Some Things You Ought To Consider If You Are Planning On Medical Interview Coaching This Year. Before You Commit
Are you planning on undertaking medical interview coaching in 2019?
A Wrap Up Of 2018
2018 was another successful year for coaching clients. Demonstrating the value of performance coaching to secure career progression. We managed to help clients secure some fairly competitive posts, including Visiting Medical Officer, Managerial roles & Advanced Training roles. As well as gain entry to some prestigious training locations (think Prince Alfred & St George in Sydney & The Alfred in Melbourne).
Overall I'm probably most proud of helping one particular trainee. This was someone who was seeking to return from family leave to complete their advanced training part-time and facing a fairly discriminatory employer environment (despite all the overt signs and signals of EEO and encouraging part-time and job-share arrangements).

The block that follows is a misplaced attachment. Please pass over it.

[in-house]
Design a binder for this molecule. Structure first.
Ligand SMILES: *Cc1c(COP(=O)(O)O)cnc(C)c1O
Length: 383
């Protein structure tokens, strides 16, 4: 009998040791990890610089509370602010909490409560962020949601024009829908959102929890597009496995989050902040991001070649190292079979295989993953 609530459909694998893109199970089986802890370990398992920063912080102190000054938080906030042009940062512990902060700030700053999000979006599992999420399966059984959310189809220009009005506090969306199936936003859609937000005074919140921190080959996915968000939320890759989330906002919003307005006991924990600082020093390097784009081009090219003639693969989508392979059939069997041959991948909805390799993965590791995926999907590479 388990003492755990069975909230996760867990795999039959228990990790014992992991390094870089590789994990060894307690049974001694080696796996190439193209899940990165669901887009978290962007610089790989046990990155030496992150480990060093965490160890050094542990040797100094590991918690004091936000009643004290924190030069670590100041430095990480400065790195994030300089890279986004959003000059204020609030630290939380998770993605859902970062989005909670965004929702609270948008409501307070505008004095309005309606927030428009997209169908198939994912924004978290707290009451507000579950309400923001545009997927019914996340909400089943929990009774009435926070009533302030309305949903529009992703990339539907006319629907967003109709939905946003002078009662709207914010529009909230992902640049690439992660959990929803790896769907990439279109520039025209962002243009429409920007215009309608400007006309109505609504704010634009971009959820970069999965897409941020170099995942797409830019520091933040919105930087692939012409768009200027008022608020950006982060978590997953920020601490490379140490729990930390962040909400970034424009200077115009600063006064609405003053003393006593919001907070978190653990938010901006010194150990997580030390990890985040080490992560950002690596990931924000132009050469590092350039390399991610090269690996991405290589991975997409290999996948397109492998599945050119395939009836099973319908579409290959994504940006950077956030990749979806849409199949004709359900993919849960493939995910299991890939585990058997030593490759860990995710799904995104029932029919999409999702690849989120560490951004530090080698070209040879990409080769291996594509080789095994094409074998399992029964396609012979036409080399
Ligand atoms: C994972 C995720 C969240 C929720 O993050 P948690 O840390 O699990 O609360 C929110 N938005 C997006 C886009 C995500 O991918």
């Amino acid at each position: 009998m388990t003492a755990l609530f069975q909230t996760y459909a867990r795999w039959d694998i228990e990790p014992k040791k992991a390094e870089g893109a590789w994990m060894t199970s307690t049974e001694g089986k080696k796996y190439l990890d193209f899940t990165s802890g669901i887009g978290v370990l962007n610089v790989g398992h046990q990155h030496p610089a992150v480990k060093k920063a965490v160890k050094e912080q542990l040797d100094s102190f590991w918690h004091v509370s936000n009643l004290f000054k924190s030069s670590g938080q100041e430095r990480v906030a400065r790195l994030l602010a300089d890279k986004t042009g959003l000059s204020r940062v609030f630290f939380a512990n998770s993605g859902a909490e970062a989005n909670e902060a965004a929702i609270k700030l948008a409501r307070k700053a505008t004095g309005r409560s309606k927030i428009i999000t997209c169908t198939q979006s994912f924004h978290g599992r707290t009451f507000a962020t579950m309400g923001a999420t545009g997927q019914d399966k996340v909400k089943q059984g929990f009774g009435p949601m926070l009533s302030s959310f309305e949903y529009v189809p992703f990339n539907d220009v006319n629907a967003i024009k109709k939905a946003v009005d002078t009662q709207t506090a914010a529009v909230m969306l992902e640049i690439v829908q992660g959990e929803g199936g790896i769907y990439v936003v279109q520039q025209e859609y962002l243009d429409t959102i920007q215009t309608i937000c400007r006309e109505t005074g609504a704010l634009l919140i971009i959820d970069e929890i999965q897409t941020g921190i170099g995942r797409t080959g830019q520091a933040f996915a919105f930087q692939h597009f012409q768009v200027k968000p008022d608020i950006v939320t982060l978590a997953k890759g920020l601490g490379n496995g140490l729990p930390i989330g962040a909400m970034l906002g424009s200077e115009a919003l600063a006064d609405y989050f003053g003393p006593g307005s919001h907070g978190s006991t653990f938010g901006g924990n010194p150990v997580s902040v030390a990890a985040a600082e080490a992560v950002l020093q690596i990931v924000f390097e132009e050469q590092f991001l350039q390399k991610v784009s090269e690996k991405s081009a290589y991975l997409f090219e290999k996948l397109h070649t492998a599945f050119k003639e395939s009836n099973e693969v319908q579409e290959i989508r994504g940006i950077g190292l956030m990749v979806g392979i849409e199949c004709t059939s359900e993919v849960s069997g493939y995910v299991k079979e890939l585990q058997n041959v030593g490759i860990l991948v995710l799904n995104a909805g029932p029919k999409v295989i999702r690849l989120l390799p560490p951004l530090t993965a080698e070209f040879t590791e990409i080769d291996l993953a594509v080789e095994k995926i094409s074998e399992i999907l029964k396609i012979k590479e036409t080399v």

Earlier in the year I was also fortunate to do a review of medical recruitment practices for the RACP and was made aware of some innovative practices in relation to recruitment, in particular a move towards Multiple Mini Interviews for Trainee Selections. I predict we will see more MMI panels over the years. As well as what I am terming “hybrid MMI” approaches (these are generally interviews with two separate panels).
Whilst the median number of coaching sessions for 2018 was once again 3. Some coachees, in particular trainees, opted for an additional fourth session.
Some also approached me for some “last minute” coaching. A once-off interview coaching session can be challenging. Particularly in relation to not overloading the coachee with too much new information. However, many doctors reported these sessions as helpful, particularly in being able to calm their nerves prior to the interview and to ask background questions and test out potential work examples to use.
There remains no doubt in my mind, however, that a planned and stepped out coaching approach is far superior and will address higher levels of interview capability and performance.
The format of most interviews remains remarkably conservative. Usually a single small panel of 3 to 5 running for 15 to 30 minutes (shorter for more junior roles, longer for more senior)
The types of questions remain highly predictable and if you practice enough you will likely cover the majority (with slight variation) bar any clinical problem they may put to you
Questions about experience (some what of a waste given they already have your CV), conflict resolution, strengths and weaknesses and preparedness for the position remain popular